NRI Pulse


Living is a skill that needs to be learned, practiced, and mastered: Motivational speaker Jaya Row


Atlanta, GA, April 28, 2023: “Vedanta is a science, a universal knowledge that can be applied by any human being anywhere in the world at any period of time. The Bhagavad Gita is not just a relic from the past. It is a living, vibrant prescription for life!” Jaya Row, Founder and Managing Trustee, Vedanta Vision said in her exclusive with NRI Pulse. A well-known motivational speaker, Row has been a speaker at forums such as the World Economic Forum Davos, World Bank, Young Presidents’ Organization, Princeton University, Purdue University, Washington University, among others.

Row is currently on her Namaste USA tour between April 1-28 traveling across US cities. She was in Atlanta on April 18, 19 delivering talks about Lessons from the Bhagavad Gita at the Hindu Temple of Atlanta and Relationships: Discord to Accord at the Sanatan Mandir of Atlanta.

Atlanta’s Nik Mainthia facilitated the interview with NRI Pulse.

Inspired by Swami Rama Tirtha’s, “If you are not happy as you are, where you are, you will never be happy,” Row said, she set upon a spiritual quest that culminated with the creation of Vedanta Vision.

Drawing parallels to tennis in the context of the essence of Vedanta, Row said,” You may be a talented tennis player. But to get there, you must first learn the rules of the game. Similarly, Life is a game. You need to learn the rules of the game before you actually live that. So, I would say that Vedanta is about the rules of the game. It’s about the technique of living. Living is a skill that needs to be learned, practiced, and mastered. So, if you don’t know the basics, you violate rules and then suffer.”

“Only when you are happy within can you establish meaningful relationships with others,” Row said about maintaining healthy relationships. Explaining that we feel betrayed from the ones that we love most, Row said the fundamental problem is often, ‘attachment’, which is love tainted with selfishness. Wherever there is attachment, there is pain and suffering eventually in the relationship, she added. “If you treasure people, you must find a way of true love, which is unconditional and irrespective of any return.”

Jaya Row at the Hindu Temple of Atlanta, Riverdale.

When people believe attachment is love, there is expectation of a return for your affection – tangible or intangible. People make demands on people and bind them. And that is when they start to feel insecure, vulnerable, and threatened. The relationship ends up being conflict-ridden and ultimately breaks down, Row said, addressing the cause of discord in relationships.

“Develop merit and prosperity will come to you. It comes as a byproduct. An excellent musician, outstanding sportsperson or brilliant scientist needs only to focus on mastering his skill. Wealth, fame and accolades will follow,” Row said about chasing success.

Elaborating further with reference to the Gita, Row said, while the Bhagavad Gita was written 5000 years ago, it still impactfully addresses the Arjunas of today – dynamic, ambitious, young adults seeking excellence in their respective fields. She observes that, while most of youth of today are very talented and even have the skill to succeed, eventually land up in failure due to nervousness. And this happens, Row noted, because people worry about the results of their actions. Referring to the sixth chapter of Gita, Row said Krishna addresses the very issue – “One who does what one ought to do without depending on the fruit of action is a sannyasi, a yogi, not one without ideal or action”.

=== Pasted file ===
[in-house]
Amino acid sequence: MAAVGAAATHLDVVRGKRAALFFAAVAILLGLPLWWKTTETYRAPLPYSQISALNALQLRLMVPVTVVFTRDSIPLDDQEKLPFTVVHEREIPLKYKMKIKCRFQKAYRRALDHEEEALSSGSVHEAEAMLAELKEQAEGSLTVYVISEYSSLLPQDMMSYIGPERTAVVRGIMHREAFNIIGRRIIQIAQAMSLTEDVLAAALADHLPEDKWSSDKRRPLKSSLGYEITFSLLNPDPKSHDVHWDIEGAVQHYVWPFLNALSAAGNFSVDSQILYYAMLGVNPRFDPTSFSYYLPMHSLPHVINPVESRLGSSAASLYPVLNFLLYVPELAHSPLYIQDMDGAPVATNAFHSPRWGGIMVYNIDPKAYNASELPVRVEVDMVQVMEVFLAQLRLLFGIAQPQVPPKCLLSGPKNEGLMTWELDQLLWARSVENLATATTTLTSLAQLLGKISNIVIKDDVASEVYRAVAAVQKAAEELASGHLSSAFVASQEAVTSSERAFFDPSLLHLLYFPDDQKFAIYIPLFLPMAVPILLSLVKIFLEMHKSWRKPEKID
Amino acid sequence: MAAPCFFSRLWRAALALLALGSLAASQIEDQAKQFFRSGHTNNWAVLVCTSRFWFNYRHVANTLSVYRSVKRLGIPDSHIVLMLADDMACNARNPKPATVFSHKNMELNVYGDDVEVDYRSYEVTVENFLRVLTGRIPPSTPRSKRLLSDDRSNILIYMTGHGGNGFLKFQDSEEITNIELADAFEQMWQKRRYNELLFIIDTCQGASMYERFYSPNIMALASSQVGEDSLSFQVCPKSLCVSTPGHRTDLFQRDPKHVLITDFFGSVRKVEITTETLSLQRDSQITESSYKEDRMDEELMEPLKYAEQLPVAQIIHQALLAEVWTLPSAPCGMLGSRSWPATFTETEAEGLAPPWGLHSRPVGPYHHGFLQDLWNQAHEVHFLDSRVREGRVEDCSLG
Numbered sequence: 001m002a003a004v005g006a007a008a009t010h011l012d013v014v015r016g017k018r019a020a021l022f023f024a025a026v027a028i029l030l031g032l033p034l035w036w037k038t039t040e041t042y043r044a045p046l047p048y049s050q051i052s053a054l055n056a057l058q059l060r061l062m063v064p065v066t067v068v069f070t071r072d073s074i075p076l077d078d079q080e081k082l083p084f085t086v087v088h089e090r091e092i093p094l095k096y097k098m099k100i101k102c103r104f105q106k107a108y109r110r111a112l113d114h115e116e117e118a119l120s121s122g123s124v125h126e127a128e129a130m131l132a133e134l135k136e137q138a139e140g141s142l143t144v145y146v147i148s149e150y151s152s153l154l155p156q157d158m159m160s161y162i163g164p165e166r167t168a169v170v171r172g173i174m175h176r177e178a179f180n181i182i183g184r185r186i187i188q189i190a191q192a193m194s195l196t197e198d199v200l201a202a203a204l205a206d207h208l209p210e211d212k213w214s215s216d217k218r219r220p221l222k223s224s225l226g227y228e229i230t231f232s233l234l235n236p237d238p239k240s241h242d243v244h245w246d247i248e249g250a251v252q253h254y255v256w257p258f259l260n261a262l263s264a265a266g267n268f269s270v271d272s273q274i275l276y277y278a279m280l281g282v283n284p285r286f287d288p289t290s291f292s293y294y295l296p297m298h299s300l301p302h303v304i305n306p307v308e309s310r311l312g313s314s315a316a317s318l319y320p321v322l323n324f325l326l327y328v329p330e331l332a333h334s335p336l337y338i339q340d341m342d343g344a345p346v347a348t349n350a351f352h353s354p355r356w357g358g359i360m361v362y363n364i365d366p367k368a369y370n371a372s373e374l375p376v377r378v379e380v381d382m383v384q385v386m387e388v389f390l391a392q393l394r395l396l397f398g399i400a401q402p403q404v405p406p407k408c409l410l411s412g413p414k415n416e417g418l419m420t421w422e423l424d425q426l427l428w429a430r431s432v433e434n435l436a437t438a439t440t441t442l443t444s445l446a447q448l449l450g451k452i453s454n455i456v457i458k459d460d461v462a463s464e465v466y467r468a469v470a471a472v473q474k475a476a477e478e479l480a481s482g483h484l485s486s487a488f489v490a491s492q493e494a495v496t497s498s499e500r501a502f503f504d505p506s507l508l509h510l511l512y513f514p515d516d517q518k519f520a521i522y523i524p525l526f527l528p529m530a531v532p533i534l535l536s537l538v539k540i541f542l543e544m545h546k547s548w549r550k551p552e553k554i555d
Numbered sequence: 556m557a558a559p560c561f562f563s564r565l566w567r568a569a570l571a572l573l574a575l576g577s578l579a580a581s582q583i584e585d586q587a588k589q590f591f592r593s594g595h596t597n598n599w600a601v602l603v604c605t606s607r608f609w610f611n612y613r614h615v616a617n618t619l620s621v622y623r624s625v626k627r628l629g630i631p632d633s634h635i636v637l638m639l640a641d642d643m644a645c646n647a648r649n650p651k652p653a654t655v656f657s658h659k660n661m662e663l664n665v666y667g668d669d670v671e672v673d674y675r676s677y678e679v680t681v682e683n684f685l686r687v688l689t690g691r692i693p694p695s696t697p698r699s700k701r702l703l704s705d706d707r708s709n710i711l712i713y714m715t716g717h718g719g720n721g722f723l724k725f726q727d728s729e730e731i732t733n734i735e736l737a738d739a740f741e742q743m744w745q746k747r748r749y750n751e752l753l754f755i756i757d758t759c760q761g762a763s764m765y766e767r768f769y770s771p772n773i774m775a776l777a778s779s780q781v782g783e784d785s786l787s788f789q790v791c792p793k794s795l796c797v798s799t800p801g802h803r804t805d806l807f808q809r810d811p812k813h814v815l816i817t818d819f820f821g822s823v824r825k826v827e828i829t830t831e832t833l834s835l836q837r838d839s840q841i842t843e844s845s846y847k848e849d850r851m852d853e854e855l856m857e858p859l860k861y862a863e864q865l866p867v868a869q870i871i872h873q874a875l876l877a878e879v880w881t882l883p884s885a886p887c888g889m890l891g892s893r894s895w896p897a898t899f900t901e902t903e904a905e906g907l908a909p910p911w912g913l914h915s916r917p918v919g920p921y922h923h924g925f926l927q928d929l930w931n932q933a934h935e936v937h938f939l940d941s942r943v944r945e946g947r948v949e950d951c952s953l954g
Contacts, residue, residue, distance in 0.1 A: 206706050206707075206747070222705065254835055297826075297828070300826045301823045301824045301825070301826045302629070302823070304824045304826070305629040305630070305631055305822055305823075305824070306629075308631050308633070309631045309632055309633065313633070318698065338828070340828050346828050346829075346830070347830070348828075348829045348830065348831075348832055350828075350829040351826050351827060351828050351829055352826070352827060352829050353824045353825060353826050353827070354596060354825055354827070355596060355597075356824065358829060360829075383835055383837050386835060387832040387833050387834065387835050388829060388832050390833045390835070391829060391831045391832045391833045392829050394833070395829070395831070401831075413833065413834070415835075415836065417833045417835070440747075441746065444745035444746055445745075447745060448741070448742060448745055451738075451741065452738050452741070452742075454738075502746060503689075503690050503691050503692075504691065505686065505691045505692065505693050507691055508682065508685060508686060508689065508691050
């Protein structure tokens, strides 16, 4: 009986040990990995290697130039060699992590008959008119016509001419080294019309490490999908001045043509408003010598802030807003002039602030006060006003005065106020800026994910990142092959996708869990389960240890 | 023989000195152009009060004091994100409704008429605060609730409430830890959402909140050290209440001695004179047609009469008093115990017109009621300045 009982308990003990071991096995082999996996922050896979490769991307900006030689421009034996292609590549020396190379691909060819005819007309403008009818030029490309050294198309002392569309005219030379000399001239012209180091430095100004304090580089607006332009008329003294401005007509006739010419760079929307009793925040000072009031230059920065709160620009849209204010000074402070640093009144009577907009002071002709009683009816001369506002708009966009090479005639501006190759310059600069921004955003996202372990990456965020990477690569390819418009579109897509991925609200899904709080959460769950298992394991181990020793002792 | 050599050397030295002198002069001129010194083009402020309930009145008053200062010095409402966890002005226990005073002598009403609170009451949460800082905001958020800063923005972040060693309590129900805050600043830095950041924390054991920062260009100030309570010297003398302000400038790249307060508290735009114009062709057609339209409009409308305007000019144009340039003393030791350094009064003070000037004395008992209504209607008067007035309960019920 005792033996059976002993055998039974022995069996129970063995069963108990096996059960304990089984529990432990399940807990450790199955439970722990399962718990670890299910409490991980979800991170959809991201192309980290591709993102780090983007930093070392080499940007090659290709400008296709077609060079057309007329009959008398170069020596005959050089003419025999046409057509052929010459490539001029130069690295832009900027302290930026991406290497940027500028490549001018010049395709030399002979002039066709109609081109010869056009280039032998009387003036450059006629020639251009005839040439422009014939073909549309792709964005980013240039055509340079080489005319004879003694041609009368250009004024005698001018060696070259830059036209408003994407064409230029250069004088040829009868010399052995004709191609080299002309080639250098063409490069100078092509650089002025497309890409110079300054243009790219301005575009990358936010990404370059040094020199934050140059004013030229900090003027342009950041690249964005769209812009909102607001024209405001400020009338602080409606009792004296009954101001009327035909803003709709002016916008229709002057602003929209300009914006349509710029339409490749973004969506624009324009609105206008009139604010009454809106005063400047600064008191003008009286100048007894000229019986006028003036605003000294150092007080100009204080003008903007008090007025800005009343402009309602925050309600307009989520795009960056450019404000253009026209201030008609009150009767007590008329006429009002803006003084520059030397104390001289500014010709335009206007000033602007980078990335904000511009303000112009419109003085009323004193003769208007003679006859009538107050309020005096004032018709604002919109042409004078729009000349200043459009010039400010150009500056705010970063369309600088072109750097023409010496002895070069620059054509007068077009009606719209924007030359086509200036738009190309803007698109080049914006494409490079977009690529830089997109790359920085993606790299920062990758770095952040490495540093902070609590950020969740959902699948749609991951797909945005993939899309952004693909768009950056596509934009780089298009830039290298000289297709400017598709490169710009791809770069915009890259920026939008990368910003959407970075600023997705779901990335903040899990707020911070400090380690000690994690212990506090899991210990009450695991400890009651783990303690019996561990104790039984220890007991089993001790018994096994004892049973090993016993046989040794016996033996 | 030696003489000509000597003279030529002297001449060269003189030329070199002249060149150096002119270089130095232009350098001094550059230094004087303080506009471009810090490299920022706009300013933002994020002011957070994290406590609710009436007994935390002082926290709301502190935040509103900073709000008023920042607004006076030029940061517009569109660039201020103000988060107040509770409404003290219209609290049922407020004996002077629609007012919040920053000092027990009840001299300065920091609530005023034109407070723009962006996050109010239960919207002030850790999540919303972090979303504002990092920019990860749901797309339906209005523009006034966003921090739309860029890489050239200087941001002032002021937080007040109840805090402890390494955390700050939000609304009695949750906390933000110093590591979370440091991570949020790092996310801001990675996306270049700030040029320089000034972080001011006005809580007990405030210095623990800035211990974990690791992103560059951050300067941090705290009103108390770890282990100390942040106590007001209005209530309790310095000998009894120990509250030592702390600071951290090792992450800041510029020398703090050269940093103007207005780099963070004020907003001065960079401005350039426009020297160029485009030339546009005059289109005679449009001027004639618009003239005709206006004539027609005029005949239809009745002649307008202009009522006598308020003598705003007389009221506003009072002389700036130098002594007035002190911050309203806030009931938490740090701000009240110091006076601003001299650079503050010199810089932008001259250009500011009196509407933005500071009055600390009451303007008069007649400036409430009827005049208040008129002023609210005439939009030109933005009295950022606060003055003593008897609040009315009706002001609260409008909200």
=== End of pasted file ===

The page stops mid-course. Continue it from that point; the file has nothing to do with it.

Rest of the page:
Action, she elaborated, is under one’s control. Fruit is dependent on many factors beyond one’s influence. The key to success, she says is to give yourself to the action and obtain merit, with focus on performing to the best of each’s ability. “The fruit will come to you. Success will be yours.”

How does one act without a fruit in mind? The answer, Row said was to work towards a goal, an ideal that serves beyond one’s own self -interest. “The higher the ideal, the greater is the energy and enthusiasm to work,” she noted. If one only worries about the goal while acting, the mind shifts from the present action to the fruit which belongs to the future and concentration on the present is lost. Do not allow the thought of fruit to interfere with the action and the action will be perfect and the mind will be at peace. Row defines such a person as Sannyasi – a person of renunciation. This, Row says is also an efficient way to deal with failure. The idea is to identify the right goal and pursue it without worrying about the result.

Extracting the relevance of the Gita in current times, Row highlighted the two wonderful blessings bestowed upon human beings – choice of action, and intellect. The key to a peaceful life, Row says, is to make choices using the intellect to discriminate, analyze, weigh the pros and cons and arrive at a decision and not just towards results that offer instant pleasure. Contentment, Row said is calm state of mind, even while the physical body is active.

Shifting from grabbing to giving mentality, she said is the way to set up goals, as per Gita. And what makes for excellence, Row notes is, oneness. While the world emphasizes otherness, competitiveness and one upmanship which lead to discord, bitterness and conflict, Row said, The Bhagavad Gita speaks of harmony which emerges from a feeling of oneness, cooperation and togetherness. “When you feel one with others you see the best in them, you understand them, you gain power and are no longer insecure.”

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